Ed’s Daily Notes for April 22nd   2 comments

Bloomberg: Netflix to Raise Prices as Earnings Jump Spurs Shares

Watching “House of Cards” on Netflix is about to get more expensive, and investors are cheering.

The company that popularized binge-watching said today it plans to charge new customers $1 to $2 a month more for its online video service, starting later this quarter. Netflix Inc. also reported first-quarter profit and subscriber growth that beat analysts’ forecasts. The shares soared.

The price increase reflects growing confidence that original shows like the political thriller “House of Cards” and exclusive movies will continue to attract new subscribers, even with soccer’s World Cup starting in mid-June, a distraction the company said will temporarily slow user growth. Netflix currently offers unlimited Web viewing for $7.99 a month.

“The earnings leverage of even just a dollar is pretty substantial,” said Daniel Ernst, an analyst at Hudson Square Research in New York who recommends buying the stock. “For what Netflix provides, it’s an incredible value for consumers.”

I have to agree with Mr. Ernst. Since I have “cut the cable”, Netflix is all I watch on tv, and there is plenty there for me to watch, especially with as little time as I spend watching tv. I would easily pay $1 or $2 more each month for the service.

As for the stock, it is still overpriced. As much as I like the company, even a good earnings report isn’t enough to make NFLX cheap.

Washington Free Beacon: Comcast Merger Could Dominate Market for Local Political Advertising

Here is an aspect of the Comcast-Time Warner merger which I was unaware of:

Comcast—the cable television and Internet service giant with extensive ties to the Democratic party—could dominate the market for local political advertising if the company’s proposed $45 billion merger with Time Warner Cable (TWC) is approved, according to industry sources.

…Comcast sought to assuage competitive concerns about the deal by announcing in February that it would shed about 3 million subscribers, bringing its combined customer base with TWC to 30 million. However, sources say the 30 million figure does not reflect the company’s growing involvement in the local advertising market.

Other cable and satellite providers such as Verizon and DISH have outsourced their ad sales to Comcast and TWC. The combined companies could reach as many as 50 million households with ads sold as a result of these “rep deals.”

Comcast, like other cable companies, owns two minutes of advertising per hour on every network that they contract with. These ads are seen at the local level. The companies use some of that time to advertise their own wares and sell the rest to national, regional, and local advertisers.

Following the merger, Comcast would own 80 percent of the cooperative through which national advertisers purchase airtime at the local level, 54 percent of the cooperatives though which regional advertisers purchase this airtime, and 69 percent of the market through which local advertisers purchase airtime. Locally owned businesses fear that this consolidation will give greater power to regional and national businesses.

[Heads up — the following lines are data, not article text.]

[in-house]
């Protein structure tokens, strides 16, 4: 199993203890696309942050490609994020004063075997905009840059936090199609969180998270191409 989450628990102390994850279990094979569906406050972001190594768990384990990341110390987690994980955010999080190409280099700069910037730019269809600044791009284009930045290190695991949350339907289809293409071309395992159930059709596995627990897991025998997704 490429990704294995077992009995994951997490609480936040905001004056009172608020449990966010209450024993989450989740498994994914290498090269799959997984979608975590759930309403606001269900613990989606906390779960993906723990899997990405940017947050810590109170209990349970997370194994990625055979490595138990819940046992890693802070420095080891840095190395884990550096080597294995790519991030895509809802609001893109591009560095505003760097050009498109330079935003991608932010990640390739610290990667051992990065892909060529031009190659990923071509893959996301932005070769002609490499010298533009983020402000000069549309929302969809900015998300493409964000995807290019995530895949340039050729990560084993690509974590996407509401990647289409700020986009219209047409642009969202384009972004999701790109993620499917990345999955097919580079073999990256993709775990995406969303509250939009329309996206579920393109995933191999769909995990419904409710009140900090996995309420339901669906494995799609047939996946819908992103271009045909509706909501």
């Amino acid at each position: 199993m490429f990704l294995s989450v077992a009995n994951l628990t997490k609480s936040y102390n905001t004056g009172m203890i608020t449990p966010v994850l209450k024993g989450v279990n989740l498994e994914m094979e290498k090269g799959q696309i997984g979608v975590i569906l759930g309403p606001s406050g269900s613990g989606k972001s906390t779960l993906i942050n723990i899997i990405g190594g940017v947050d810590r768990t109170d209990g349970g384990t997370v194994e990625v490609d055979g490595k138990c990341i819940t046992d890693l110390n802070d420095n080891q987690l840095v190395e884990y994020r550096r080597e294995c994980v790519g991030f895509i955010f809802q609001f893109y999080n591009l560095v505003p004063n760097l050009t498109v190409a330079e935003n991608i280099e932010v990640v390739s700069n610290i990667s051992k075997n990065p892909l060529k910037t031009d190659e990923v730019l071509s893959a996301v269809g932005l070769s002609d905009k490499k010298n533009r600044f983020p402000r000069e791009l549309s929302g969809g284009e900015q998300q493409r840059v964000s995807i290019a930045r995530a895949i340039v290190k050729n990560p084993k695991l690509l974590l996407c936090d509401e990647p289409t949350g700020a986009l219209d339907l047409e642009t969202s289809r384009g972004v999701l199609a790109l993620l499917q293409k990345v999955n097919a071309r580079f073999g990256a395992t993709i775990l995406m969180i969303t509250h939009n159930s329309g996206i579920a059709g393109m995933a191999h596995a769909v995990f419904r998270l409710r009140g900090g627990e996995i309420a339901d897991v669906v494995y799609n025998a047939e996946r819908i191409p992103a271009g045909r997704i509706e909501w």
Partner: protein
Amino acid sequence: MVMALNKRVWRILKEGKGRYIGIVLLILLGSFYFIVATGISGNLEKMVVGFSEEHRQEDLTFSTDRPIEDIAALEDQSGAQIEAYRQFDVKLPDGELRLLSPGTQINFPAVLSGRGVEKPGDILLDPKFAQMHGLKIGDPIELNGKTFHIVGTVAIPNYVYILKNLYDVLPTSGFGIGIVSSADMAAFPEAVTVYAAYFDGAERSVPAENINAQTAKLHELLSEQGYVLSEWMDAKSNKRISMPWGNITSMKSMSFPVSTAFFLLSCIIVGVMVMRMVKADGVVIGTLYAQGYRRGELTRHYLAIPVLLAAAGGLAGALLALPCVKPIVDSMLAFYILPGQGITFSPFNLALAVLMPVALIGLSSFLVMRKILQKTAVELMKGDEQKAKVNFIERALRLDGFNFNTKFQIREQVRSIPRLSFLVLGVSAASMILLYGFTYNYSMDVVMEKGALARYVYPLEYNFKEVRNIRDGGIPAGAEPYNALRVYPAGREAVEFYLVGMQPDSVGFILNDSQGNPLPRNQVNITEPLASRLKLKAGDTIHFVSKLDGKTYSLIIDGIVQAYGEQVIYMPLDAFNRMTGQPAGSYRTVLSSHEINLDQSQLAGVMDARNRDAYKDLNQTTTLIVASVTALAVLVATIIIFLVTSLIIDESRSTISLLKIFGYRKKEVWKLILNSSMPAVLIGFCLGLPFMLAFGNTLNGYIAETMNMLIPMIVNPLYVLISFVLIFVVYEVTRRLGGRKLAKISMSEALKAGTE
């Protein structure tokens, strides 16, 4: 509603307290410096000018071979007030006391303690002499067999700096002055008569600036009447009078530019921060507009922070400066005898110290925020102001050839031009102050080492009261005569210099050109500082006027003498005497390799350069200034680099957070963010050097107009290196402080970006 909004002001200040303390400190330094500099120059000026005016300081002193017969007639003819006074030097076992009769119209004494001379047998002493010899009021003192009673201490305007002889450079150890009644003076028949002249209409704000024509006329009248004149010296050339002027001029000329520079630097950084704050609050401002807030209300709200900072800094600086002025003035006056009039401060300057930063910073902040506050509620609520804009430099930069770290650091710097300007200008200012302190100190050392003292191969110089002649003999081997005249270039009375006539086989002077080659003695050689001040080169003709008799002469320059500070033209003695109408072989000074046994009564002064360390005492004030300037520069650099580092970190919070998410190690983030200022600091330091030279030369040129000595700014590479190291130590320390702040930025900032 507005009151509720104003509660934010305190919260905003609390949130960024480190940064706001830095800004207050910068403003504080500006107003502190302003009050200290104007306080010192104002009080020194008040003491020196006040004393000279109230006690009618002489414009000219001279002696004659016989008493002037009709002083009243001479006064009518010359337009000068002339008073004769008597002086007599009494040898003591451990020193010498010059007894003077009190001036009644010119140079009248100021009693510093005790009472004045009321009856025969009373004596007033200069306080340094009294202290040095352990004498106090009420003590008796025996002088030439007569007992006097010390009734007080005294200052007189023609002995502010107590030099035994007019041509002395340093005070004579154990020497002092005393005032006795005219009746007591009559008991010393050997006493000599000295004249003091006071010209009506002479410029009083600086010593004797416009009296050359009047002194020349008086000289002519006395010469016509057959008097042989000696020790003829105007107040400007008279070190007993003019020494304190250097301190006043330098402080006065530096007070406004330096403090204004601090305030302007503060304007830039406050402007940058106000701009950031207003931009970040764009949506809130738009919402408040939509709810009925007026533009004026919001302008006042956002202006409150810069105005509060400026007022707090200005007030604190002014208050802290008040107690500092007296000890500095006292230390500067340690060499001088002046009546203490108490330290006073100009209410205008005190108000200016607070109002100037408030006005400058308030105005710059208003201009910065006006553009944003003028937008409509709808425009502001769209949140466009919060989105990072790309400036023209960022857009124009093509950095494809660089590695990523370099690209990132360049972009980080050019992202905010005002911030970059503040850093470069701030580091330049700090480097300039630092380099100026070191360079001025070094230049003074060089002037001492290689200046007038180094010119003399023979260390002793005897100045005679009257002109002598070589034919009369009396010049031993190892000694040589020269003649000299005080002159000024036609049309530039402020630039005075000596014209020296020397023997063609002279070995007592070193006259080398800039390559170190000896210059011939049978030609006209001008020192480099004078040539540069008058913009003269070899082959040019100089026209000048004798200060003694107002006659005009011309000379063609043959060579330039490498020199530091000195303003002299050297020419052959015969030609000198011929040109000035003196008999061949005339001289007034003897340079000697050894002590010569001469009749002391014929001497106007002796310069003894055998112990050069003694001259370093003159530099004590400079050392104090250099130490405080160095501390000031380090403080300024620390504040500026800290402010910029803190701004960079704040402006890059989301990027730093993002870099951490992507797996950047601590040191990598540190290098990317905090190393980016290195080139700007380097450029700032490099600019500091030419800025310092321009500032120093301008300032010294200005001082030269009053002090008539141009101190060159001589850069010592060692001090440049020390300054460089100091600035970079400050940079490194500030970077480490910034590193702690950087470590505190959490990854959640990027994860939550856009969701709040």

Small businessman Roy Hunter, owner of Sarasota Bay Real Estate in Florida, told the Wall Street Journal earlier this month that he was “held for ransom” after Comcast signed a deal with Verizon to conduct its ad sales in the area. Hunter said his business was priced out of the ad market in Sarasota County.

Politicians consider these two minute chunks particularly valuable because they can “geo-target” voters down to the county or congressional district. According to an executive in the cable advertising industry who spoke with the Washington Free Beacon on condition of anonymity, Comcast’s cornering of the advertising market has broad implications for political campaigns, which could be priced out of the local market or forced to purchase time for a larger region thus diluting their ability to geo-target.
“Given that Comcast owns some control of each aspect—national, regional, and local—they could actually grant favors to particular political candidates,” the executive said.

For example, Comcast-TWC could cut deals on ad rates for some favored candidates. Other campaigns could be charged more to buy ads covering broader geographic areas, eliminating the benefits of geo-targeting.

The situation is “potentially rife with abuse” because of the relatively unregulated nature of the local advertising industry and the political leanings of Comcast, the executive said.

Comcast’s employees, their family members, and the company’s political action committee have donated more than $33 million to political campaigns since 1989, with roughly $18 million of that going to Democrats. Comcast Chairman and CEO Brian Roberts and Executive Vice President David Cohen also have close ties to the Obama administration. They raised millions for President Barack Obama’s campaigns.

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Posted April 22, 2014 by edmcgon in Earnings Season, News, Politics, Stocks

2 responses to “Ed’s Daily Notes for April 22nd

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  1. On Comcast: So the dirty capitalist who charge too much for service may be socialist in capitalistic clothing supporting the Democrat Party?

    • As highly regulated as the cable industry is, they know which side their bread is buttered on. If the greedy capitalists (GOP) won’t let you get away with murder, why not play ball with the crooks (the Democrats)?

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